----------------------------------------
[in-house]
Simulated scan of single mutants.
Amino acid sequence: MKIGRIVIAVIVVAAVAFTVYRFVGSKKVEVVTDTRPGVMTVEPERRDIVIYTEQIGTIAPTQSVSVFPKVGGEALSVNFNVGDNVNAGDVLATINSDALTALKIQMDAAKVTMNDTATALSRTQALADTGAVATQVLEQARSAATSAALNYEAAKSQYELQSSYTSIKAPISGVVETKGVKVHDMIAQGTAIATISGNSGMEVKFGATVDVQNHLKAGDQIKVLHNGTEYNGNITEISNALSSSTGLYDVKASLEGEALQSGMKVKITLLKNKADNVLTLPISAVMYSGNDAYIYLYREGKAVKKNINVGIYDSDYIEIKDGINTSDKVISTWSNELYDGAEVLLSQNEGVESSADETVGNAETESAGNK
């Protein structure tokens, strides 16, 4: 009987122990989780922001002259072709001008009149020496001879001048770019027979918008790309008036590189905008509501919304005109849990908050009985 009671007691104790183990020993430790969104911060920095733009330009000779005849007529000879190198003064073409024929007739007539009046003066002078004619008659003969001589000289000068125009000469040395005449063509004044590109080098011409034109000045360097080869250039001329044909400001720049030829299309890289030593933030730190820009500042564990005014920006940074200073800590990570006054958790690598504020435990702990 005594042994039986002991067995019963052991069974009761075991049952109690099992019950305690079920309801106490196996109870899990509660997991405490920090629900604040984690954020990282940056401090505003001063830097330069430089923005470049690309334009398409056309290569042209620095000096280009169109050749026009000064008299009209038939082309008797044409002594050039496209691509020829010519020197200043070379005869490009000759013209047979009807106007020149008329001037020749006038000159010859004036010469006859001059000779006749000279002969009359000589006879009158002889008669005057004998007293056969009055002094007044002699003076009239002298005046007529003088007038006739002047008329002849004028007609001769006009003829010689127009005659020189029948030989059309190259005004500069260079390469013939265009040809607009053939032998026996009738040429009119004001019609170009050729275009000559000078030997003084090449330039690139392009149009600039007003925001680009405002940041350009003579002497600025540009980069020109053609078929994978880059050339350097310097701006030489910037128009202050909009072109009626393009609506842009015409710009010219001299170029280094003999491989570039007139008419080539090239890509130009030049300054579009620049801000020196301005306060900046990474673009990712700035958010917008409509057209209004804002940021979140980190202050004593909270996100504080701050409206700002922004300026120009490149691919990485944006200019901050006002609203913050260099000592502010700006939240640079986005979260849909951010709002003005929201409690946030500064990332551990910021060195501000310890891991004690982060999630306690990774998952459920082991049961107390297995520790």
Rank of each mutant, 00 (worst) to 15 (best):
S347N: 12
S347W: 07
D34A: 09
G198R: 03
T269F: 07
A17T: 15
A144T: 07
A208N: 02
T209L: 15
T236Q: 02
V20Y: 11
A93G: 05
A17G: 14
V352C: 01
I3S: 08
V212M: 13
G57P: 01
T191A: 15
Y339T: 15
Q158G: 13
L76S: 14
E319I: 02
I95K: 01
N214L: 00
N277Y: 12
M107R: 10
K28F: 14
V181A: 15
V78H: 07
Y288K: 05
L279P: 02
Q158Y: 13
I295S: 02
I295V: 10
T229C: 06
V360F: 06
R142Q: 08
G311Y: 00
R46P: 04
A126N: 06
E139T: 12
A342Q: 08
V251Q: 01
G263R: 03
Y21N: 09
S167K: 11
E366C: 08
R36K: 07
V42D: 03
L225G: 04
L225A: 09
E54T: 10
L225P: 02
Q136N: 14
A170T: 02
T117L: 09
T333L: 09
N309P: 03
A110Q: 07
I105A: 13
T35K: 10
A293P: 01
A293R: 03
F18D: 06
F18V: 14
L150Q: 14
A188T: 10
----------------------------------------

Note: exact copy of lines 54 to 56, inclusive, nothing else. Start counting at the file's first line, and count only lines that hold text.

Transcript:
V42D: 03
L225G: 04
L225A: 09